Friday, April 13, 2018

Locus Coeruleus integrity and memory in aging adults

The locus coeruleus is a deep brain nucleus whose cells synthesize noradrenaline that is sent via its axonal projections to other parts of the brain. Hämmerer et al. show that its integrity is critical in maintaining memory performance:

Locus coeruleus (LC) integrity in cognitively normal older adults is a potentially important preclinical marker in dementia. Our study establishes a link between variability in LC integrity and cognitive decline related to noradrenergic modulation in old age. We find that in older adults, reduced LC integrity explains lower memory performance. This effect was more pronounced for memory related to negative events, and accompanied by increased pupil diameter size in response to negative events. The study provides a strong motivation for future research investigating the role of LC integrity in healthy, as well as in pathological, aging.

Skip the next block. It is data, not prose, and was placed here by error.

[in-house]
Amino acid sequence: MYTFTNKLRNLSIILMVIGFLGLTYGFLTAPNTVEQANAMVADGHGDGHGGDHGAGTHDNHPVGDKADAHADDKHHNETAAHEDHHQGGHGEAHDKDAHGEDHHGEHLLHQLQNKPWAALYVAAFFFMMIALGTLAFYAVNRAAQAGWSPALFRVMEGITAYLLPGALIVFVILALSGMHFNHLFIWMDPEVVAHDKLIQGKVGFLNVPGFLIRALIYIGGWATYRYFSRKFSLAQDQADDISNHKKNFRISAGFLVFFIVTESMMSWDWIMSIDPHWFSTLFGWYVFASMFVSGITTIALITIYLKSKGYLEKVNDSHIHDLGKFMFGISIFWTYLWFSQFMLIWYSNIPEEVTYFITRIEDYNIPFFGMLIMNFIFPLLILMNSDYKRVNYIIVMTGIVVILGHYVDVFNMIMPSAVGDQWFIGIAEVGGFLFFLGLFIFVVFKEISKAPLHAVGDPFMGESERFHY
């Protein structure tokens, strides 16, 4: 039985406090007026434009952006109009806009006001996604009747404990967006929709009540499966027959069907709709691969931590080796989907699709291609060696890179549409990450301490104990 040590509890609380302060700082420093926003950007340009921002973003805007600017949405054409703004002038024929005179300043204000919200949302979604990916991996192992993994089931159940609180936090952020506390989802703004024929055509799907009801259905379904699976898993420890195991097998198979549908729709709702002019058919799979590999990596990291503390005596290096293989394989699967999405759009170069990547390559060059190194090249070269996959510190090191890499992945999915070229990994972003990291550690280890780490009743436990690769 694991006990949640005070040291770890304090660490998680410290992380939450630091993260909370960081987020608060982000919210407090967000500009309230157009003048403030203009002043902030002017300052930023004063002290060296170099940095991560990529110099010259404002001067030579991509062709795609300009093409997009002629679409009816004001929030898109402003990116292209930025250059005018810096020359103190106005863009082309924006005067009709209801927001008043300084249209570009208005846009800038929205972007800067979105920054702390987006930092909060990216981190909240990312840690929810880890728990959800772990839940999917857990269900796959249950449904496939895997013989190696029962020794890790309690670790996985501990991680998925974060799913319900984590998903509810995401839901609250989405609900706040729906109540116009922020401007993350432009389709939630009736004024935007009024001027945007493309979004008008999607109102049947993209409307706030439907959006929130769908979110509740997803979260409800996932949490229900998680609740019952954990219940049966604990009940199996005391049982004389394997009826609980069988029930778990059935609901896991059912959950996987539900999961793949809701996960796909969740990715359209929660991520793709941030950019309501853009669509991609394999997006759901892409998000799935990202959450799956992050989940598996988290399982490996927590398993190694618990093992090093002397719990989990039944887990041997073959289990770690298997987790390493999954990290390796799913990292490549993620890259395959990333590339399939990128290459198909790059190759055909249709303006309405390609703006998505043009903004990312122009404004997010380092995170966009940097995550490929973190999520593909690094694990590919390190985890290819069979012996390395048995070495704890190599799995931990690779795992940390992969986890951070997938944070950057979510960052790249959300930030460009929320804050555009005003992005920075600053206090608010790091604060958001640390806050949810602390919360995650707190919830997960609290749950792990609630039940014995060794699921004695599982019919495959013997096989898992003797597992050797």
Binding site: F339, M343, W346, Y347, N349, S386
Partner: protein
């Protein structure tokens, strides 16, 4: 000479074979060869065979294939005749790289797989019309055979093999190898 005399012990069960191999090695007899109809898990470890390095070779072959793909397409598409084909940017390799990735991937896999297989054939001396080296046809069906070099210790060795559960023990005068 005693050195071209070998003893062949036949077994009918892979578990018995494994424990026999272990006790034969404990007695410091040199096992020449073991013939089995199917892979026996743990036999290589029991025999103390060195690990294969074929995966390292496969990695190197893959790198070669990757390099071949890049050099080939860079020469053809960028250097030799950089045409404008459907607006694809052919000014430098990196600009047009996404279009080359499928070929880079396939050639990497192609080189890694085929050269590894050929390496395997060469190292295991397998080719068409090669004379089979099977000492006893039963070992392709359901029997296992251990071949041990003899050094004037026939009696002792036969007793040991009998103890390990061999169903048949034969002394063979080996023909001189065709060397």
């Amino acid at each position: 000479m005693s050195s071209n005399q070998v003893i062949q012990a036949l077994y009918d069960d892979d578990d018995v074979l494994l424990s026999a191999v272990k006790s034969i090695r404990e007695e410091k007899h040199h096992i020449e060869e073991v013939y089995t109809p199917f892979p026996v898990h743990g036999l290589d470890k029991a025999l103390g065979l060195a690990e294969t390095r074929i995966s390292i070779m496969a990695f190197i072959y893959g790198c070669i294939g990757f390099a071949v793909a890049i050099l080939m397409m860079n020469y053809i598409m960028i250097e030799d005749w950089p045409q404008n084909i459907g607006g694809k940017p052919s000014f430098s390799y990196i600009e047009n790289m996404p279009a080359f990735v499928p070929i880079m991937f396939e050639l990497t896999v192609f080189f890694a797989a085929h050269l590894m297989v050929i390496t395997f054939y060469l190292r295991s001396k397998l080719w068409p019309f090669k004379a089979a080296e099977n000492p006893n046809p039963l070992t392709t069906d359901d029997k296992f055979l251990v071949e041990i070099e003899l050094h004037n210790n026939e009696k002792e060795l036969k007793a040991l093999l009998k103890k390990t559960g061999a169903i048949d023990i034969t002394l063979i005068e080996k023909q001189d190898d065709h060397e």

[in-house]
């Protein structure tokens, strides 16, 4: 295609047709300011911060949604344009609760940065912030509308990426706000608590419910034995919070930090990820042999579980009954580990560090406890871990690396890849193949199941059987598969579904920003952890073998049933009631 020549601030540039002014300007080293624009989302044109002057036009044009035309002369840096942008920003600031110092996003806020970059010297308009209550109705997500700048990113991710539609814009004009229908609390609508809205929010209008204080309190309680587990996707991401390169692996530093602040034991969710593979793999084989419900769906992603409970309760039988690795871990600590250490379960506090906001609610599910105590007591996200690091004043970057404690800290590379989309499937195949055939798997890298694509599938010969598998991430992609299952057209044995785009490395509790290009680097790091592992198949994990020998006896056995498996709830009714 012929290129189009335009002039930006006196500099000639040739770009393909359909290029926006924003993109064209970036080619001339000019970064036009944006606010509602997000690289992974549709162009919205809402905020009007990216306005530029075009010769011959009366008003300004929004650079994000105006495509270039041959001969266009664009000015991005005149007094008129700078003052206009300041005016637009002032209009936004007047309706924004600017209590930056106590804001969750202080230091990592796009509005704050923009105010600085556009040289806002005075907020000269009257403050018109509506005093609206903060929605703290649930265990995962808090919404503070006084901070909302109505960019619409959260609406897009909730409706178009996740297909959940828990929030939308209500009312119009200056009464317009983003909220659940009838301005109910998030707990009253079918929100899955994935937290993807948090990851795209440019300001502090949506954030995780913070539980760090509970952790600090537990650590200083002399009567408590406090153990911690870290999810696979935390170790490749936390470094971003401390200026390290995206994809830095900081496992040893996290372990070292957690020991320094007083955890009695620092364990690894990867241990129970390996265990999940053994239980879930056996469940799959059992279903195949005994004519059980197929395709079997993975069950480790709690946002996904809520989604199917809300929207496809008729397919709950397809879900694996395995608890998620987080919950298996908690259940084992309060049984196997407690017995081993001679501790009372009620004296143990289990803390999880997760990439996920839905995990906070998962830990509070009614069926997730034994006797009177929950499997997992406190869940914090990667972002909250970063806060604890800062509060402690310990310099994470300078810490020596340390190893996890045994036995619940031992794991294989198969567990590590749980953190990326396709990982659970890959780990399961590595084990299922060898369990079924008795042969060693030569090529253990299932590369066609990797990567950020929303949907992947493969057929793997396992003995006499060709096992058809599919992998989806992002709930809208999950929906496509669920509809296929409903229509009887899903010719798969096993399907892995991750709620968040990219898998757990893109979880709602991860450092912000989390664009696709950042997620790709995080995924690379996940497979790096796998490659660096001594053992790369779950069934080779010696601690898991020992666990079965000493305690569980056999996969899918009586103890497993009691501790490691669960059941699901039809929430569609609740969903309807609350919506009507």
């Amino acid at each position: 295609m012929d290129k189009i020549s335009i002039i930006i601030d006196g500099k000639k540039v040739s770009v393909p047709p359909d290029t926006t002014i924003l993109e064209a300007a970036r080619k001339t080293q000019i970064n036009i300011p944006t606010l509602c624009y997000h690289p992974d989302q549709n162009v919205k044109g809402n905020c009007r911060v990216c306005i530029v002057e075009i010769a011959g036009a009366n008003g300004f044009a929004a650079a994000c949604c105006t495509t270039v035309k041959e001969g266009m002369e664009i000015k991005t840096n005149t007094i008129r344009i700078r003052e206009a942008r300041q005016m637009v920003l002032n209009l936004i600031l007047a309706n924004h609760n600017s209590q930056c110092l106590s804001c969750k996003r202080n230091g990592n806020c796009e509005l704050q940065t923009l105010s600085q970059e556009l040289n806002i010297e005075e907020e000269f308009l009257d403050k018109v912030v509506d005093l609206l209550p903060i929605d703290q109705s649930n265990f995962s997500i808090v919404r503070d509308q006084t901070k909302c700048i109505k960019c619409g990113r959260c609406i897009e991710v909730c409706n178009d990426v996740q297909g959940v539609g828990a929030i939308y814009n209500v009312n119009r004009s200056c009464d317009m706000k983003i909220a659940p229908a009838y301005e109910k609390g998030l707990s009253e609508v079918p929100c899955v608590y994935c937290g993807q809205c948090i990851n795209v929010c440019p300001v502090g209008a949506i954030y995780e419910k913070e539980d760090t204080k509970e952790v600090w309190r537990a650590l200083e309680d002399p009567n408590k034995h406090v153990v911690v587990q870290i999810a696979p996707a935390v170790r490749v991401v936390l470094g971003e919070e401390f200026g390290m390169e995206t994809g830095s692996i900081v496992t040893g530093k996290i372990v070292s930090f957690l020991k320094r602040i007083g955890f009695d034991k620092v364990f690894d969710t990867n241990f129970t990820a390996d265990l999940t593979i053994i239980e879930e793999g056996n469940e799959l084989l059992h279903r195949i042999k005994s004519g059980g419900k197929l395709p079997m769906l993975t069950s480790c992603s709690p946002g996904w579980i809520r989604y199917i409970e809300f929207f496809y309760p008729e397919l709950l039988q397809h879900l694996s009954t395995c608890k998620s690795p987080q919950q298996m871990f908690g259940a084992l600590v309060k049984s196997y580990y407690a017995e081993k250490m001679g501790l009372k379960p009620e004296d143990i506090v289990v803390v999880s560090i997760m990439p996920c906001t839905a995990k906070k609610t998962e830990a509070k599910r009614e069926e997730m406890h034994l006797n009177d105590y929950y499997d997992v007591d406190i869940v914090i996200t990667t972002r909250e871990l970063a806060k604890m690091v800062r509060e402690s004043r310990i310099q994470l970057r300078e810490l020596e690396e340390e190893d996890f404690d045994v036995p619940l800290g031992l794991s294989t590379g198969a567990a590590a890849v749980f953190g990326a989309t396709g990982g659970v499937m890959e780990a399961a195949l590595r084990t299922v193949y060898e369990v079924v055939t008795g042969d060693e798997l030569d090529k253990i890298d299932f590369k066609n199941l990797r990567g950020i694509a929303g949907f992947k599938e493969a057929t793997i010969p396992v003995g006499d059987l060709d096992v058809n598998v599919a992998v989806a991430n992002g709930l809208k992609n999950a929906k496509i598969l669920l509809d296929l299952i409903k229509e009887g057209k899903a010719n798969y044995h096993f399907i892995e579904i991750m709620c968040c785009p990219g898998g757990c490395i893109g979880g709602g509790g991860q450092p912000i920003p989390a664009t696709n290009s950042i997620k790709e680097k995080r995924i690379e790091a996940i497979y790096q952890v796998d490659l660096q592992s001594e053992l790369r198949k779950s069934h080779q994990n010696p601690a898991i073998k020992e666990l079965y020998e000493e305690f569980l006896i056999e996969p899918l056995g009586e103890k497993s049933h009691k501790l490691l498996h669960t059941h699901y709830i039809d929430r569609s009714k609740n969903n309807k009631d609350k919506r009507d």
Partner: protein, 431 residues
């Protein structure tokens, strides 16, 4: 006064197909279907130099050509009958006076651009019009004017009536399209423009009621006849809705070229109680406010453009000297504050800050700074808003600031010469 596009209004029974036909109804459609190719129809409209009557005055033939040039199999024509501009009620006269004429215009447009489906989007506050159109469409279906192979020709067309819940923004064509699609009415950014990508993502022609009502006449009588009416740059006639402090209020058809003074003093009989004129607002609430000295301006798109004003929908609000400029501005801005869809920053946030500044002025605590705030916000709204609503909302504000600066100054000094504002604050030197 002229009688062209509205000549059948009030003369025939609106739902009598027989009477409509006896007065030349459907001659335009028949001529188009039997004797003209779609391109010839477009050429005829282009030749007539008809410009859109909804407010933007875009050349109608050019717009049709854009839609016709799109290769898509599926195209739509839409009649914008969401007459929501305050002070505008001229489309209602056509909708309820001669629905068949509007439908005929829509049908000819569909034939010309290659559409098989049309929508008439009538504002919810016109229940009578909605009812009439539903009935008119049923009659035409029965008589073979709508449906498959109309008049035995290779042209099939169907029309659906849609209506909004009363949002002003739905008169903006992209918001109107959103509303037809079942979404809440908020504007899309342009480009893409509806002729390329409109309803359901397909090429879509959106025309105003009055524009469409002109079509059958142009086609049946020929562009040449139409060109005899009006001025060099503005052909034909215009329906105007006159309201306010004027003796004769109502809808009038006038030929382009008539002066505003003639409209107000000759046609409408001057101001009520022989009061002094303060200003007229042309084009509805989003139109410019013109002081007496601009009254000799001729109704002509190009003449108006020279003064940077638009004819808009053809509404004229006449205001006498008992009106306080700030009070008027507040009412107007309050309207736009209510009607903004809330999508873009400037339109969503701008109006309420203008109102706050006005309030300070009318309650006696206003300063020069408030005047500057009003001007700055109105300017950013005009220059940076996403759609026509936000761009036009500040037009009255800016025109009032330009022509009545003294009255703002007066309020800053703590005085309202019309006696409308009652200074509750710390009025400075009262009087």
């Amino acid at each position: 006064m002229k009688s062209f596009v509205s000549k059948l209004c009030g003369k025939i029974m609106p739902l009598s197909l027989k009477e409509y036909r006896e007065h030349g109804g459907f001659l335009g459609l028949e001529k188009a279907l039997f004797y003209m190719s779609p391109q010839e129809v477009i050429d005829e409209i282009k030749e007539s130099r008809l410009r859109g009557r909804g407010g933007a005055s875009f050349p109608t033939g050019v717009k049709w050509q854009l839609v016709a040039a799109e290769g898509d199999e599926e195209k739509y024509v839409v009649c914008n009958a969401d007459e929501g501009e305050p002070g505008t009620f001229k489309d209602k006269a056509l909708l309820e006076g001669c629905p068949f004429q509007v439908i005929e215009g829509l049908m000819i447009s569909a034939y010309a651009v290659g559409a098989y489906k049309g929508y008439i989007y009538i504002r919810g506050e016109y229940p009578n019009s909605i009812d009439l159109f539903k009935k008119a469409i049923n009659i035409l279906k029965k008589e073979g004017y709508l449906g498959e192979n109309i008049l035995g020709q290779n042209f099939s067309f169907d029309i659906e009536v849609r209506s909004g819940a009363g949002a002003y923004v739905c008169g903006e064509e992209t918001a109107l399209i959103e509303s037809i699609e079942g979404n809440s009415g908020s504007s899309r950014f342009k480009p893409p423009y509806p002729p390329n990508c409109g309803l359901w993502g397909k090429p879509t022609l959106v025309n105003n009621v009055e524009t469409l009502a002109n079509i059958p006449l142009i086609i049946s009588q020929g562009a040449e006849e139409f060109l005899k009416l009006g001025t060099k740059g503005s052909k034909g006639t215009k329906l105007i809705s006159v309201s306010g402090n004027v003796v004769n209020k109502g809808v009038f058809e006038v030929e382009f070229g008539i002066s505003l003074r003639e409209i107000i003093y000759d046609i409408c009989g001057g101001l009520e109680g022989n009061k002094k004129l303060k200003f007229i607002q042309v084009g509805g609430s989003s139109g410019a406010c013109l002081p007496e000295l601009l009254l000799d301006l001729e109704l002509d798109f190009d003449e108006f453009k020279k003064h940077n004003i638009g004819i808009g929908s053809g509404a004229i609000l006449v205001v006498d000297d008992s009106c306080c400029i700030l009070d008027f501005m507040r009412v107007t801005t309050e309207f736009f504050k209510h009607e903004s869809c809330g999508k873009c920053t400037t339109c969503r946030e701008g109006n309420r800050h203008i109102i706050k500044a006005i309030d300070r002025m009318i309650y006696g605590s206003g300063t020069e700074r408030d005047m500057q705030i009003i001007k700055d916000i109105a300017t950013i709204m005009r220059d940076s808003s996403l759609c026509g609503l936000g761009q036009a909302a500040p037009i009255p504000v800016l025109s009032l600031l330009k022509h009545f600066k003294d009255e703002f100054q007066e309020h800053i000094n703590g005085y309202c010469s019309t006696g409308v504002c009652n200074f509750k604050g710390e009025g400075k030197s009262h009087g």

The locus coeruleus (LC) is the principal origin of noradrenaline in the brain. LC integrity varies considerably across healthy older individuals, and is suggested to contribute to altered cognitive functions in aging. Here we test this hypothesis using an incidental memory task that is known to be susceptible to noradrenergic modulation. We used MRI neuromelanin (NM) imaging to assess LC structural integrity and pupillometry as a putative index of LC activation in both younger and older adults. We show that older adults with reduced structural LC integrity show poorer subsequent memory. This effect is more pronounced for emotionally negative events, in accord with a greater role for noradrenergic modulation in encoding salient or aversive events. In addition, we found that salient stimuli led to greater pupil diameters, consistent with increased LC activation during the encoding of such events. Our study presents novel evidence that a decrement in noradrenergic modulation impacts on specific components of cognition in healthy older adults. The findings provide a strong motivation for further investigation of the effects of altered LC integrity in pathological aging.